A Glimmer of Hope as Honda Factory Reopens in Wuhan
Chinese city at the center of the coronavirus pandemic begins to rebound
Even before the novel coronavirus began spreading in Wuhan, China, the epicenter of the outbreak, the global auto industry was already in a tough spot. It had experienced year-over-year sales slumps, and now COVID-19 is forcing factories to close around the world. But now, it’s also offering a rare glimmer of hope.
As the Detroit Free Press reports, a Honda car assembly factory in Wuhan has resumed production. The small return to daily life comes just a couple days after the New York Post reported that all 16 temporary hospitals in the city had been closed. So while Europe becomes the new epicenter of the pandemic, with the U.S. following close behind, the place where it all started seems to be getting back on its feet.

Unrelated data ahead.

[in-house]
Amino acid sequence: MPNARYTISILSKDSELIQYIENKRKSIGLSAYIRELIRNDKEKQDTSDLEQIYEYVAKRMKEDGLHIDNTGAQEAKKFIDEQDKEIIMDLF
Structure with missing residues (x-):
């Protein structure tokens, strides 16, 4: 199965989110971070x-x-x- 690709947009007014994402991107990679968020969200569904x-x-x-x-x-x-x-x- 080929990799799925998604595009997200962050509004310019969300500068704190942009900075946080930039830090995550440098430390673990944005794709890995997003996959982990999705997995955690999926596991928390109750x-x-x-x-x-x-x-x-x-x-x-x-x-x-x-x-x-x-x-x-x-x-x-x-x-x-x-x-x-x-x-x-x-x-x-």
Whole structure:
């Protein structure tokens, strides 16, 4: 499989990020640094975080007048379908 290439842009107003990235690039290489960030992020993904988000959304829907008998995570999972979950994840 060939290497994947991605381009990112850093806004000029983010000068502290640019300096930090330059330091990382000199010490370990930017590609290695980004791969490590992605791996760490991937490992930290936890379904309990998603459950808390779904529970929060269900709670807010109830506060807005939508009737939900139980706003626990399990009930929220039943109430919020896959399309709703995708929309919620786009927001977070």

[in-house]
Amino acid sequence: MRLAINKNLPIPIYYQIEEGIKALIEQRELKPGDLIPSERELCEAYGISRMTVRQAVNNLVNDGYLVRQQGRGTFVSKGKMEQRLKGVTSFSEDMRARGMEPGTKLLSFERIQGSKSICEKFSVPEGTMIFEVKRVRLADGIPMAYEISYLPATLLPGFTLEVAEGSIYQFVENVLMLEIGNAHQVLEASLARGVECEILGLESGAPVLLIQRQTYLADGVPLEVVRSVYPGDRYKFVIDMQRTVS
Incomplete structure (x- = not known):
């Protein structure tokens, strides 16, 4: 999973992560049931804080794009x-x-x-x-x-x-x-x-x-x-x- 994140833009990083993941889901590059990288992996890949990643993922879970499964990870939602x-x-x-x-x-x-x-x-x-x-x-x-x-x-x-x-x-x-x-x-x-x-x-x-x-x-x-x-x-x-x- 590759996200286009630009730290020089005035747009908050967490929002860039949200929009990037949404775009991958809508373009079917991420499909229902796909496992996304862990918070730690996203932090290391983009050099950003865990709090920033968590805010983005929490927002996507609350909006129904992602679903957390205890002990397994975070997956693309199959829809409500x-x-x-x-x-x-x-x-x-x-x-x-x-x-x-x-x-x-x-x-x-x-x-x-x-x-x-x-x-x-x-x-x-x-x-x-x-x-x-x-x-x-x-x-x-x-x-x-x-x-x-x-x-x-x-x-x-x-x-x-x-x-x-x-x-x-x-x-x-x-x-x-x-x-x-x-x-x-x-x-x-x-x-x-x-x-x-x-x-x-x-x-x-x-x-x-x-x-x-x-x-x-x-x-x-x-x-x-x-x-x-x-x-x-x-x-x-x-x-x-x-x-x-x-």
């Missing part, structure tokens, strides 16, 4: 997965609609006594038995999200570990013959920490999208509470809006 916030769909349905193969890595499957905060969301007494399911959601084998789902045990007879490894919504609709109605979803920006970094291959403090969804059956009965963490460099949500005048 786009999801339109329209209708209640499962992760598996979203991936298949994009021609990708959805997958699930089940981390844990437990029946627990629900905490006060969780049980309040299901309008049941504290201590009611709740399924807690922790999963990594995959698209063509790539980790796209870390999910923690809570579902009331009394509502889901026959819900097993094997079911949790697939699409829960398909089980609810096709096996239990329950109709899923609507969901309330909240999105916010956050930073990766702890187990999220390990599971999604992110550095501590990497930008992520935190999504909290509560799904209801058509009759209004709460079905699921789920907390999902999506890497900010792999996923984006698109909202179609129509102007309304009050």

Those directly involved are cautiously optimistic, according to the Free Press:
Honda production “resumed with limited volume after a long suspension and may take time to recover to full” output, a spokesman said.
If you’re wondering how long it will take those Wuhan-produced cars to reach the U.S. — and how long the virus can survive on surfaces (answer: up to 72 hours, for plastic and stainless steel, at least) — don’t worry. As the Free Press notes, none of this plant’s vehicles are sold Stateside.
Subscribe here for our free daily newsletter.
Thanks for reading InsideHook. Sign up for our daily newsletter and be in the know.
Suggested for you